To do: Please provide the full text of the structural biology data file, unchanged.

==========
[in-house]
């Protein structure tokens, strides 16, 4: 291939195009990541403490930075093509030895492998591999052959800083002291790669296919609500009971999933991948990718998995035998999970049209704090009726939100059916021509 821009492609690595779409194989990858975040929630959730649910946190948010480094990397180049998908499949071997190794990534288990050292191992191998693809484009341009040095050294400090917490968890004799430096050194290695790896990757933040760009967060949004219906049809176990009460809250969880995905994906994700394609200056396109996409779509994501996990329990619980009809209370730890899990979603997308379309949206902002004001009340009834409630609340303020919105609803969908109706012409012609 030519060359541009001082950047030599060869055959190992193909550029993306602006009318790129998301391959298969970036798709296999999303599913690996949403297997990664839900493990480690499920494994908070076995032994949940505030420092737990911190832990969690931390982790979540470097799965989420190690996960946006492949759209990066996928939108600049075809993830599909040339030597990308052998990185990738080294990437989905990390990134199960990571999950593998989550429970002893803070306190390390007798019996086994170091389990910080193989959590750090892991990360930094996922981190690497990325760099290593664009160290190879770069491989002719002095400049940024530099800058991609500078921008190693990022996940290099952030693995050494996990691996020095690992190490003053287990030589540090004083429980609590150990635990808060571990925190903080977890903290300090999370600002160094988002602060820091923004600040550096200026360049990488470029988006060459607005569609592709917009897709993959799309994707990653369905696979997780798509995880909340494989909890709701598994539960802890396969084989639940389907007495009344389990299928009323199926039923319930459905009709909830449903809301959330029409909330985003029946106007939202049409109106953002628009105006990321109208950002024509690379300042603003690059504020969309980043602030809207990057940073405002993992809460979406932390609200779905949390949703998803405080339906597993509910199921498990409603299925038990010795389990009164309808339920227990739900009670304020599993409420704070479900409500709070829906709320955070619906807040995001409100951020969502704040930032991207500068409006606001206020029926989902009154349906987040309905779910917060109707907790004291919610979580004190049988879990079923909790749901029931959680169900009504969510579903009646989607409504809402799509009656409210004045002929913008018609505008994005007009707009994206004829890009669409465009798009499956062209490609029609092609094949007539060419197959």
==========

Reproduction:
[in-house]
């Protein structure tokens, strides 16, 4: 291939195009990541403490930075093509030895492998591999052959800083002291790669296919609500009971999933991948990718998995035998999970049209704090009726939100059916021509 821009492609690595779409194989990858975040929630959730649910946190948010480094990397180049998908499949071997190794990534288990050292191992191998693809484009341009040095050294400090917490968890004799430096050194290695790896990757933040760009967060949004219906049809176990009460809250969880995905994906994700394609200056396109996409779509994501996990329990619980009809209370730890899990979603997308379309949206902002004001009340009834409630609340303020919105609803969908109706012409012609 030519060359541009001082950047030599060869055959190992193909550029993306602006009318790129998301391959298969970036798709296999999303599913690996949403297997990664839900493990480690499920494994908070076995032994949940505030420092737990911190832990969690931390982790979540470097799965989420190690996960946006492949759209990066996928939108600049075809993830599909040339030597990308052998990185990738080294990437989905990390990134199960990571999950593998989550429970002893803070306190390390007798019996086994170091389990910080193989959590750090892991990360930094996922981190690497990325760099290593664009160290190879770069491989002719002095400049940024530099800058991609500078921008190693990022996940290099952030693995050494996990691996020095690992190490003053287990030589540090004083429980609590150990635990808060571990925190903080977890903290300090999370600002160094988002602060820091923004600040550096200026360049990488470029988006060459607005569609592709917009897709993959799309994707990653369905696979997780798509995880909340494989909890709701598994539960802890396969084989639940389907007495009344389990299928009323199926039923319930459905009709909830449903809301959330029409909330985003029946106007939202049409109106953002628009105006990321109208950002024509690379300042603003690059504020969309980043602030809207990057940073405002993992809460979406932390609200779905949390949703998803405080339906597993509910199921498990409603299925038990010795389990009164309808339920227990739900009670304020599993409420704070479900409500709070829906709320955070619906807040995001409100951020969502704040930032991207500068409006606001206020029926989902009154349906987040309905779910917060109707907790004291919610979580004190049988879990079923909790749901029931959680169900009504969510579903009646989607409504809402799509009656409210004045002929913008018609505008994005007009707009994206004829890009669409465009798009499956062209490609029609092609094949007539060419197959």